Those robots are usually incorporated into telestroke or tele-ICU programs and are often used by smaller hospitals to connect patients with specialists. Dignity Health’s Mercy San Juan Medical Center, a 359-bed hospital in
Carmichael, Calif., is one of about a dozen hospitals in the U.S. to acquire the RP-Vita since it entered the market this year.
The Food and Drug Administration cleared the RP-Vita’s autonomous navigation feature in January of this year, according to a company spokeswoman.
InTouch Health’s Chairman and CEO Yulun Wang said he “would expect the majority of hospitals to have this type of technology” over the next three to five years. The adoption, though, requires hospitals to address the impact on its traditional workflow and can raise additional questions about reimbursement and increased interaction between providers.
The healthcare industry has been slow to move toward robotics even as other industries have moved forward with adoption. But, as more providers seek out new ways to reduce costs and improve efficiency, some automation and telemedicine tools may help. “We’re still at such an early stage of figuring things out,” Whelan said.
Product: RP-Vita and RP-7i
Made by: InTouch Health, Santa Barbara, Calif.
On the market: RP-7i, 2008; RP-Vita, 2013
What it does: The InTouch Health suite of robots allows physicians to connect with patients and other healthcare providers as part of telemedicine programs for stroke, intensive care, mental-health and pediatric care. The RP-Vita, developed in partnership with Roomba maker iRobot Corp. and cleared by the Food and Drug Administration in 2013, is the first to use autonomous navigation technology.
Cost: $4,000 to $6,000 a month (RP-Vita), $2,000 to $5,000 (RP-7i)
Users include: Mercy San Juan Medical Center, Carmichael, Calif.; Ohio State University Wexner Medical Center, Columbus; Reagan UCLA Medical Center, Los Angeles
Product: Robotic IV Automation (RIVA)
Made by: Intelligent Hospital Systems, Winnipeg, Manitoba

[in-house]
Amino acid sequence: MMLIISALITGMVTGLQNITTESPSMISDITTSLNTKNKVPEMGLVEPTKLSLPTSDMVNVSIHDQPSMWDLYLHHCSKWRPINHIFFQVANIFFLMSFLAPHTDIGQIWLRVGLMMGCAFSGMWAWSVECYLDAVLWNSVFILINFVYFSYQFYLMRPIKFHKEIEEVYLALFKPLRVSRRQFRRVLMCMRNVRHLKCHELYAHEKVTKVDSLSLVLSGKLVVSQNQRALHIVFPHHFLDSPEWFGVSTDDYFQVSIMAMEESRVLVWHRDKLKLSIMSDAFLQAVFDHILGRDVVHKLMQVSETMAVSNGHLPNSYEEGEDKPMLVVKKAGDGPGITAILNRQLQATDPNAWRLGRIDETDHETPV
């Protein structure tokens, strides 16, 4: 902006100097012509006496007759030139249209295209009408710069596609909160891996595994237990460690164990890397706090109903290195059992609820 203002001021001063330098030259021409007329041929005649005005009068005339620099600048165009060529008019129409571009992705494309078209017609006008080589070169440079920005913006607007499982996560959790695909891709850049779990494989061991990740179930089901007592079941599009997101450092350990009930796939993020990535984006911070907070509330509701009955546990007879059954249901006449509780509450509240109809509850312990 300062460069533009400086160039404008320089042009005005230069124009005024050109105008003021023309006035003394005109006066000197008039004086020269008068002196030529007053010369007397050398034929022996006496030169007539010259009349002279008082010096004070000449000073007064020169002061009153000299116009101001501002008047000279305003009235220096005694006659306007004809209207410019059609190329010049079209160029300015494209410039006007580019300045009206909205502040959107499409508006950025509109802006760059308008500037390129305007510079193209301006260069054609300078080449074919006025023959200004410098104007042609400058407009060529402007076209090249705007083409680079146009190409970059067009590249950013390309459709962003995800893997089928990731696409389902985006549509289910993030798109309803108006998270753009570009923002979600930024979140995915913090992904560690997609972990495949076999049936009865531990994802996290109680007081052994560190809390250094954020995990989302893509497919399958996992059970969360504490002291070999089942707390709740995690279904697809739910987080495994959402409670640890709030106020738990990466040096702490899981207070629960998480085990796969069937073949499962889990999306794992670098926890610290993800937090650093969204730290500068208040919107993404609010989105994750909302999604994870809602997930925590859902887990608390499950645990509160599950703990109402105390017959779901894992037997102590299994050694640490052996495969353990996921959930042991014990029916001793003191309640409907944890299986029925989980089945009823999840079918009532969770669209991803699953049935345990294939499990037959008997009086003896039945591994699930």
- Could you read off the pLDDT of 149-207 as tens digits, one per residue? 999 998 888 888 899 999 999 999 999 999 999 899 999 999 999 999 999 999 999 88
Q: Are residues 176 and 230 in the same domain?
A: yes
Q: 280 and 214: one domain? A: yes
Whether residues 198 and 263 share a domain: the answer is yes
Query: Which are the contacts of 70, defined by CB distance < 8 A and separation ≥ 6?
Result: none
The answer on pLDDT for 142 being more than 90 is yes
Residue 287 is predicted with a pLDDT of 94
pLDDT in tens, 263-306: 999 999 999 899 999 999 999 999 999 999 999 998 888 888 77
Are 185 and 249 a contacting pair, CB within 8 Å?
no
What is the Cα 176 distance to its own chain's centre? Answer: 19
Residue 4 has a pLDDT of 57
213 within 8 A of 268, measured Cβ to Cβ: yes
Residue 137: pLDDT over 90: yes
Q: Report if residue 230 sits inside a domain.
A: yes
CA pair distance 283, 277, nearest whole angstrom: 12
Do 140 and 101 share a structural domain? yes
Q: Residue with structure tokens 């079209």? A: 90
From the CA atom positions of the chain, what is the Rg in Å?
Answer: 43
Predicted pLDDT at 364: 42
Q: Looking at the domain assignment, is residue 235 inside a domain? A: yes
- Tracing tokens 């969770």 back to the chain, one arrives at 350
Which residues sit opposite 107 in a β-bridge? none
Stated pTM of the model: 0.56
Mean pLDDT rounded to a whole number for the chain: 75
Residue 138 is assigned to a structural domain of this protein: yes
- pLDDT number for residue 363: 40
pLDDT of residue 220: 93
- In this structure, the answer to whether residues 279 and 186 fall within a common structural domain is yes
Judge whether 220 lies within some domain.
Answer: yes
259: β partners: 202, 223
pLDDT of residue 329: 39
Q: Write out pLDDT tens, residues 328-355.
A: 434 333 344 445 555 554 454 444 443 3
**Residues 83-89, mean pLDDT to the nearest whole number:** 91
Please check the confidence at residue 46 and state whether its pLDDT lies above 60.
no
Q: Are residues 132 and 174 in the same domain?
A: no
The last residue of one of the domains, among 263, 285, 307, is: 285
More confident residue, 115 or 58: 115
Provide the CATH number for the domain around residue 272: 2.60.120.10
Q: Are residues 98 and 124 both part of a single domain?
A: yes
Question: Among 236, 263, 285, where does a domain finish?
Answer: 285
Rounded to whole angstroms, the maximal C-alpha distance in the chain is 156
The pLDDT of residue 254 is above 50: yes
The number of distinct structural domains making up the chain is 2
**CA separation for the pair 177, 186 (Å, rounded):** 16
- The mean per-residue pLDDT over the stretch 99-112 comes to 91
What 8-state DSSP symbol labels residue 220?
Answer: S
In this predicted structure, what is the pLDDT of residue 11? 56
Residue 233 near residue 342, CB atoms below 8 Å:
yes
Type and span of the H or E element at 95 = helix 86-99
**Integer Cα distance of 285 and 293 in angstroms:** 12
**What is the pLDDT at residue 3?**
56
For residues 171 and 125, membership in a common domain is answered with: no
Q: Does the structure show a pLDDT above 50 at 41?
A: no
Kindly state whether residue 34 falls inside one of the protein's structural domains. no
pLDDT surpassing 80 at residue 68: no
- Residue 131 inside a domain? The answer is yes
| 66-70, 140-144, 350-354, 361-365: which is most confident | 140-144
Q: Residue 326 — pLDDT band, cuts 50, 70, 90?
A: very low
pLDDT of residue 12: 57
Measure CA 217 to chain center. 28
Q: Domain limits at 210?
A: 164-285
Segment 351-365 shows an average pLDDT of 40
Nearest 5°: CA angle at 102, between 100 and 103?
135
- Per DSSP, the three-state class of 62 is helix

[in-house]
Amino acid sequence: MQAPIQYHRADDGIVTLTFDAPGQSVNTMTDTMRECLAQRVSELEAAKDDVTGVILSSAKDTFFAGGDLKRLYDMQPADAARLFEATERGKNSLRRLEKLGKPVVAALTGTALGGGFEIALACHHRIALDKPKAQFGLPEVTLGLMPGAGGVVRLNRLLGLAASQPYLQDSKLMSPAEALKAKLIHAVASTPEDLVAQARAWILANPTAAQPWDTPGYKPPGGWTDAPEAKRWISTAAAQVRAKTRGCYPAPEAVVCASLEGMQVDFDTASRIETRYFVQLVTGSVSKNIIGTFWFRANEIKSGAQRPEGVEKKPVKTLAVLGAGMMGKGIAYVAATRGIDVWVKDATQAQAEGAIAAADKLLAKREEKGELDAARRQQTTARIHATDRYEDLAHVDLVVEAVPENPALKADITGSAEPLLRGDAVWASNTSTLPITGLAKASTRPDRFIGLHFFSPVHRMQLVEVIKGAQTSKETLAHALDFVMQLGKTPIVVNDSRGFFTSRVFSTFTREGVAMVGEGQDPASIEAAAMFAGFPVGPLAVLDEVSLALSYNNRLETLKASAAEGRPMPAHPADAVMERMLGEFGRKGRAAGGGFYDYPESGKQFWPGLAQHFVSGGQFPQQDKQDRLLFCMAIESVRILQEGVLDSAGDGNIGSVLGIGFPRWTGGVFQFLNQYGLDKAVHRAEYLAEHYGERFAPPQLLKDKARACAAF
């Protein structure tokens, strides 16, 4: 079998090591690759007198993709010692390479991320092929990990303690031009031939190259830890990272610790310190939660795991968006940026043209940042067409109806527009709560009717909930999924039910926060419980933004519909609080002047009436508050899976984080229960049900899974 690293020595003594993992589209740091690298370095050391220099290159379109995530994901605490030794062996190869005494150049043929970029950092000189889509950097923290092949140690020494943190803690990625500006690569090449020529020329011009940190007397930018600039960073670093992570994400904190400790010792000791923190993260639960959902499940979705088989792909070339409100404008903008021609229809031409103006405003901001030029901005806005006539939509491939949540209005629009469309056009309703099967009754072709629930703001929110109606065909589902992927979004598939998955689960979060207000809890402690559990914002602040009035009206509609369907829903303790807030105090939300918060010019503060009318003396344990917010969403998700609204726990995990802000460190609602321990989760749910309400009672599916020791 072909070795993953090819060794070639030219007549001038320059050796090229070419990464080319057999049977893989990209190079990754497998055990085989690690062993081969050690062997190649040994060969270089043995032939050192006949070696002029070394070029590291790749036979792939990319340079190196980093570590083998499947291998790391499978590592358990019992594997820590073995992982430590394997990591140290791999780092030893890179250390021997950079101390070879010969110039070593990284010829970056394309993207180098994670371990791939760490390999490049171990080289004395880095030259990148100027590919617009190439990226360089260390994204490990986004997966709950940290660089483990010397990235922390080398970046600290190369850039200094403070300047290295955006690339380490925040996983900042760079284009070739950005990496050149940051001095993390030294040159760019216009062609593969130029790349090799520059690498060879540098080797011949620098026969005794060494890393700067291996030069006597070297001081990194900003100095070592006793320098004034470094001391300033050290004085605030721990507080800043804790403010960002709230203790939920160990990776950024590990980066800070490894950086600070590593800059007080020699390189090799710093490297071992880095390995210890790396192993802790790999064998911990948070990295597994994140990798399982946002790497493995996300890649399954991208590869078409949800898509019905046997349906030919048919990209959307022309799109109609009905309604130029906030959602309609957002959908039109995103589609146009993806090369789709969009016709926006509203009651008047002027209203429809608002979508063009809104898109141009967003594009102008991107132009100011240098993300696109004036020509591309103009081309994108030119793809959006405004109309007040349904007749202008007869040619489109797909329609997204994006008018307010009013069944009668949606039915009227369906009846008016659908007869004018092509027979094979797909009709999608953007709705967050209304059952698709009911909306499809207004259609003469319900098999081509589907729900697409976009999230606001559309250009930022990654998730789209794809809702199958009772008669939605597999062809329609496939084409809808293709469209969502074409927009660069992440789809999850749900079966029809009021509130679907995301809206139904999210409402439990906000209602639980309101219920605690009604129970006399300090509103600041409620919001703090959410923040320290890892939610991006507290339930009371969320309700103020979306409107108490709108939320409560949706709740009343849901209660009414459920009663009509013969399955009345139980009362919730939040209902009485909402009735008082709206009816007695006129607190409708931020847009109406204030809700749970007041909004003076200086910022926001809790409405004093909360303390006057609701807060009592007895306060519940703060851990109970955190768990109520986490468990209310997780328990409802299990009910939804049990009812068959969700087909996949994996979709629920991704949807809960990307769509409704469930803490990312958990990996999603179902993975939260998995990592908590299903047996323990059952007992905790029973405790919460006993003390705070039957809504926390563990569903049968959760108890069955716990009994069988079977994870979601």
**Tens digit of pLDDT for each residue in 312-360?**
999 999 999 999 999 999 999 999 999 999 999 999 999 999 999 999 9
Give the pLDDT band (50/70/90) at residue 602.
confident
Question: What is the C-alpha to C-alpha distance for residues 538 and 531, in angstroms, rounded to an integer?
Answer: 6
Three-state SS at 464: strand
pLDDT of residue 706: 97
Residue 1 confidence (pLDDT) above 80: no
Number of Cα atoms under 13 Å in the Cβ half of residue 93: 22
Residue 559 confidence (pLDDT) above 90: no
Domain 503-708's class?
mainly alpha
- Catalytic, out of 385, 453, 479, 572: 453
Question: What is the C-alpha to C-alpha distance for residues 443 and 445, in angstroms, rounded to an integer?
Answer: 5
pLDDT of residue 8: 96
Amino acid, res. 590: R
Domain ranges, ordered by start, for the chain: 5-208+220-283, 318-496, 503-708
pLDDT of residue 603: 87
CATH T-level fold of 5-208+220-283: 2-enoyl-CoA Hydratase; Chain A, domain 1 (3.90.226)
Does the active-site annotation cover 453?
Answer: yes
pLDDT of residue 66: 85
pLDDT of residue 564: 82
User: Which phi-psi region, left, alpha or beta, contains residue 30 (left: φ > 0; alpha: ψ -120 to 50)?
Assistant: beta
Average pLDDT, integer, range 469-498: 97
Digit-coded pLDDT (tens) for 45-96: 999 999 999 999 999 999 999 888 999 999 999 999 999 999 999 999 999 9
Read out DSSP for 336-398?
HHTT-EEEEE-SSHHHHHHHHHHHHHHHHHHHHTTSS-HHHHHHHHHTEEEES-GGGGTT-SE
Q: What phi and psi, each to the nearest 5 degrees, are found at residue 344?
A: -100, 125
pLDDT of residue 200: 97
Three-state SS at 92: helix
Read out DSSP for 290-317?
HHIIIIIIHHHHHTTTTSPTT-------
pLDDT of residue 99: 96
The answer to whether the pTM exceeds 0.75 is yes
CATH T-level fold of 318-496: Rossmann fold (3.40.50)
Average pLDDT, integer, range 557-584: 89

On the market: 2008
What it does: The RIVA system prepares IV syringes and bags. The technology allows hospital pharmacies to compound sterile injections in an environment that meets the strict U.S. Pharmacopeia 797 standards.
Cost: $1.35 million
Users include: Children’s Hospital of Orange County in Orange, Calif.; Primary Children’s Medical Center, Salt Lake City; UCSF Medical Center, San Francisco
Made by: GE Global Research, Niskayuna, N.Y.
On the market: In development
What it does: Scientists are engineering a prototype system that employs robotics, radio frequency identification technology and computer vision to locate, sort, deliver and sterilize surgical tools.
Users include: GE plans to test the system at yet-to-be determined VA hospital in two years.
VGo Made by:
VGo Communications, Nashua, N.H. On the market:
2011 What it does:
The VGo acts as a personal avatar—or, as the company says, “replicates a person in a distant location”—via the robot’s camera, microphones and video display. The remote user can move the VGo around a facility. The robot has applications in telemedicine, and the company also pitches it to hospitals and nursing homes as a way for family members to virtually visit their loved ones. Cost:
Starts at about $6,000, plus an annual service contract of about $1,200 Users include:
Oregon Health & Science University, Portland; El Camino Hospital, Mountain View, Calif.; Intermountain Healthcare, Salt Lake City; Casa Grande (Ariz.) Regional Medical Center; Rady Children’s Hospital-San Diego
RoboCourier Made by:
Swisslog Healthcare Solutions-North America, Denver On the market:
2010 (the next generation version of RoboCourier will be available late summer 2013) What it does:
The autonomous mobile robot ferries supplies with payloads weighing up to 50 pounds. It can manage automatic doors and elevators to navigate across units and floors. A secure container can safely transport controlled substances and personal health information. Cost:
$75,000 for the basic unit. Pricing varies with accessories (i.e., door, elevator and multiple robot interfaces). It’s also available for lease or rental, with leases as low as $1,500 per month. Users include:
Florida Hospital Orlando; Scottsdale (Ariz.) Healthcare Shea Medical Center in Scottsdale; Memorial Sloan-Kettering Cancer Center in New York
Made by: Paro Robots U.S., Schaumburg, Ill.
On the market: 2009 in the U.S., but has been used in Japan and throughout Europe since 2003
What it does: The Paro is a therapeutic robot baby harp seal engineered to deliver the benefits of animal therapy to patients in hospitals and long-term-care facilities where live animals can’t be used. It senses when someone is holding or stroking it and recognizes names, greetings and praise. It can learn to behave in ways that its user enjoys—according to the company, the Paro “responds as if it is alive.”
Users include: Alzheimer’s Association; Washington D.C. VA Medical Center